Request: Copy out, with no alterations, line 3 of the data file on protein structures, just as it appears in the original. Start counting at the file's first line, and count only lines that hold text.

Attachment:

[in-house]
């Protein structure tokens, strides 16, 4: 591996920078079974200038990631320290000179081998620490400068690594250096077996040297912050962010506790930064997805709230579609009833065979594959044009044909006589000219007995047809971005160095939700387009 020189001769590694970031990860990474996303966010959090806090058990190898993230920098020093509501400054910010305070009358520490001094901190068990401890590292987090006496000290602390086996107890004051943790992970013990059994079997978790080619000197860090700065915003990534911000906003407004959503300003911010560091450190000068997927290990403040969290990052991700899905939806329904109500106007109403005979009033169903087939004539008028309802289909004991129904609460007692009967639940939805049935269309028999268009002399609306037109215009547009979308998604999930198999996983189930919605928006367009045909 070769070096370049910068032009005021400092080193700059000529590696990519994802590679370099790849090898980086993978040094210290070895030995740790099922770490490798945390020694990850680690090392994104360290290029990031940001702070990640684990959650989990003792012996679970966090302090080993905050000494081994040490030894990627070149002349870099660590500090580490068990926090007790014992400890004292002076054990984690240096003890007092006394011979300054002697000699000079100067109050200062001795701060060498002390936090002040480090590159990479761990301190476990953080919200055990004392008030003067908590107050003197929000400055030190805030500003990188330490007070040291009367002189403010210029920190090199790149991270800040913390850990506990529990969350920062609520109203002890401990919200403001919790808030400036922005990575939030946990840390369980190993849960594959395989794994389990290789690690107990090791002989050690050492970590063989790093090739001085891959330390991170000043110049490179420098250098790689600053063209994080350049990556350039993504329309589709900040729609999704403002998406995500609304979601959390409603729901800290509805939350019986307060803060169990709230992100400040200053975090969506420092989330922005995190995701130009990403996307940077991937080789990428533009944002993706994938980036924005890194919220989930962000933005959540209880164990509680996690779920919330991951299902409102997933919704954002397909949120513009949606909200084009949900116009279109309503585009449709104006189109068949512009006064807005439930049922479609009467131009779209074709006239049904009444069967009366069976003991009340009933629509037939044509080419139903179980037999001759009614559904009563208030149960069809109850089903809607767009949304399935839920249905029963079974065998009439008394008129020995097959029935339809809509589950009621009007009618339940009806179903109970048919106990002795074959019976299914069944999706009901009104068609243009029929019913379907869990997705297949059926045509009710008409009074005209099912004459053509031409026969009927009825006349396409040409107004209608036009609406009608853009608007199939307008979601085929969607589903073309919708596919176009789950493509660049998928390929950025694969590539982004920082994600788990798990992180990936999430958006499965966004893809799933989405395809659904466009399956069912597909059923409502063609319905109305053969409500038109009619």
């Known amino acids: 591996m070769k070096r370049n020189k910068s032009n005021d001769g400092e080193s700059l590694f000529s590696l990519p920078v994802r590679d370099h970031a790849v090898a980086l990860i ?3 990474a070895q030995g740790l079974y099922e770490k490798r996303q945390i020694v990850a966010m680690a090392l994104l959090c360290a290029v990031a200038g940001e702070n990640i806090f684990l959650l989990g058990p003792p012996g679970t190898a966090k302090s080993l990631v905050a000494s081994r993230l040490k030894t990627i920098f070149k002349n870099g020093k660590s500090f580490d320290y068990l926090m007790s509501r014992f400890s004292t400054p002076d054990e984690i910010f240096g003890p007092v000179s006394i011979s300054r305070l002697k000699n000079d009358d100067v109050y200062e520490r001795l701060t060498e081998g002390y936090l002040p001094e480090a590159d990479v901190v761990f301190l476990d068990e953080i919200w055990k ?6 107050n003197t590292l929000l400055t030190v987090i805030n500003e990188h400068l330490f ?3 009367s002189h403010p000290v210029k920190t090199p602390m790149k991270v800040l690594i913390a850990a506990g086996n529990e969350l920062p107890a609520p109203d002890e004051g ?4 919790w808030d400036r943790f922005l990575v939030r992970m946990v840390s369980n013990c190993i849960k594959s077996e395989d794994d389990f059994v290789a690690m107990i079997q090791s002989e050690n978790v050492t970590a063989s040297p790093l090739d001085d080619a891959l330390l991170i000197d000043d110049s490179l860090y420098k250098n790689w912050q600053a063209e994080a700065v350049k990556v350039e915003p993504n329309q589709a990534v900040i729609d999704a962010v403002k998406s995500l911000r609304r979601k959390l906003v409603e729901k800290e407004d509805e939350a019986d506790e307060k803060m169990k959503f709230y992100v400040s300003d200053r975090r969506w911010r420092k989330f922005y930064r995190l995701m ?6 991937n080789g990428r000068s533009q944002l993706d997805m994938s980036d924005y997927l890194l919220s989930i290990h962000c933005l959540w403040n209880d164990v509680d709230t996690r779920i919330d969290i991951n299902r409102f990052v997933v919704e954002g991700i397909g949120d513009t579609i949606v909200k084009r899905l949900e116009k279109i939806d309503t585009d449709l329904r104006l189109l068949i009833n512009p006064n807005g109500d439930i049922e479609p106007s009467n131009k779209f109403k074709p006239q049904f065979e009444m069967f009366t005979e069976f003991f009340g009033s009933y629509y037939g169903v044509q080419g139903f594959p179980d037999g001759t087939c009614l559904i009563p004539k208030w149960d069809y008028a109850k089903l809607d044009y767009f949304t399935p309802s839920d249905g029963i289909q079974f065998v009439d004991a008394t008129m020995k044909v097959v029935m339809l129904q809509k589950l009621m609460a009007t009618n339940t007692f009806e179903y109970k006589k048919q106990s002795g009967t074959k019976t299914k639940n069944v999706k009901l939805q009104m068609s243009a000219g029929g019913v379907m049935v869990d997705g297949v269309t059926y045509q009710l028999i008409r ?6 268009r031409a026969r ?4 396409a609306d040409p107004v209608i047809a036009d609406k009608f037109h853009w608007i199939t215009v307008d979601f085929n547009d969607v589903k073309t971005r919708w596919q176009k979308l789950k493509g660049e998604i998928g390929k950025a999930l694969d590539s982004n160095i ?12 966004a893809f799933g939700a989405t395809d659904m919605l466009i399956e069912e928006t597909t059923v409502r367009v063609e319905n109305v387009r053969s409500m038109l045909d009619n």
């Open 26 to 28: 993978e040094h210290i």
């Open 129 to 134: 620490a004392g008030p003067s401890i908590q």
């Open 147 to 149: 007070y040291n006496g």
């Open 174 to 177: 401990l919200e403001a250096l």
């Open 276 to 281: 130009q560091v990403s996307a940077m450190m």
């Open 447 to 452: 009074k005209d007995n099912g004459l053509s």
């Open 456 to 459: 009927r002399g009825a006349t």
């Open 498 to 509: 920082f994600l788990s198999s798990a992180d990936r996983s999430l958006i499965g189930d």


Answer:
């Known amino acids: 591996m070769k070096r370049n020189k910068s032009n005021d001769g400092e080193s700059l590694f000529s590696l990519p920078v994802r590679d370099h970031a790849v090898a980086l990860i ?3 990474a070895q030995g740790l079974y099922e770490k490798r996303q945390i020694v990850a966010m680690a090392l994104l959090c360290a290029v990031a200038g940001e702070n990640i806090f684990l959650l989990g058990p003792p012996g679970t190898a966090k302090s080993l990631v905050a000494s081994r993230l040490k030894t990627i920098f070149k002349n870099g020093k660590s500090f580490d320290y068990l926090m007790s509501r014992f400890s004292t400054p002076d054990e984690i910010f240096g003890p007092v000179s006394i011979s300054r305070l002697k000699n000079d009358d100067v109050y200062e520490r001795l701060t060498e081998g002390y936090l002040p001094e480090a590159d990479v901190v761990f301190l476990d068990e953080i919200w055990k ?6 107050n003197t590292l929000l400055t030190v987090i805030n500003e990188h400068l330490f ?3 009367s002189h403010p000290v210029k920190t090199p602390m790149k991270v800040l690594i913390a850990a506990g086996n529990e969350l920062p107890a609520p109203d002890e004051g ?4 919790w808030d400036r943790f922005l990575v939030r992970m946990v840390s369980n013990c190993i849960k594959s077996e395989d794994d389990f059994v290789a690690m107990i079997q090791s002989e050690n978790v050492t970590a063989s040297p790093l090739d001085d080619a891959l330390l991170i000197d000043d110049s490179l860090y420098k250098n790689w912050q600053a063209e994080a700065v350049k990556v350039e915003p993504n329309q589709a990534v900040i729609d999704a962010v403002k998406s995500l911000r609304r979601k959390l906003v409603e729901k800290e407004d509805e939350a019986d506790e307060k803060m169990k959503f709230y992100v400040s300003d200053r975090r969506w911010r420092k989330f922005y930064r995190l995701m ?6 991937n080789g990428r000068s533009q944002l993706d997805m994938s980036d924005y997927l890194l919220s989930i290990h962000c933005l959540w403040n209880d164990v509680d709230t996690r779920i919330d969290i991951n299902r409102f990052v997933v919704e954002g991700i397909g949120d513009t579609i949606v909200k084009r899905l949900e116009k279109i939806d309503t585009d449709l329904r104006l189109l068949i009833n512009p006064n807005g109500d439930i049922e479609p106007s009467n131009k779209f109403k074709p006239q049904f065979e009444m069967f009366t005979e069976f003991f009340g009033s009933y629509y037939g169903v044509q080419g139903f594959p179980d037999g001759t087939c009614l559904i009563p004539k208030w149960d069809y008028a109850k089903l809607d044009y767009f949304t399935p309802s839920d249905g029963i289909q079974f065998v009439d004991a008394t008129m020995k044909v097959v029935m339809l129904q809509k589950l009621m609460a009007t009618n339940t007692f009806e179903y109970k006589k048919q106990s002795g009967t074959k019976t299914k639940n069944v999706k009901l939805q009104m068609s243009a000219g029929g019913v379907m049935v869990d997705g297949v269309t059926y045509q009710l028999i008409r ?6 268009r031409a026969r ?4 396409a609306d040409p107004v209608i047809a036009d609406k009608f037109h853009w608007i199939t215009v307008d979601f085929n547009d969607v589903k073309t971005r919708w596919q176009k979308l789950k493509g660049e998604i998928g390929k950025a999930l694969d590539s982004n160095i ?12 966004a893809f799933g939700a989405t395809d659904m919605l466009i399956e069912e928006t597909t059923v409502r367009v063609e319905n109305v387009r053969s409500m038109l045909d009619n």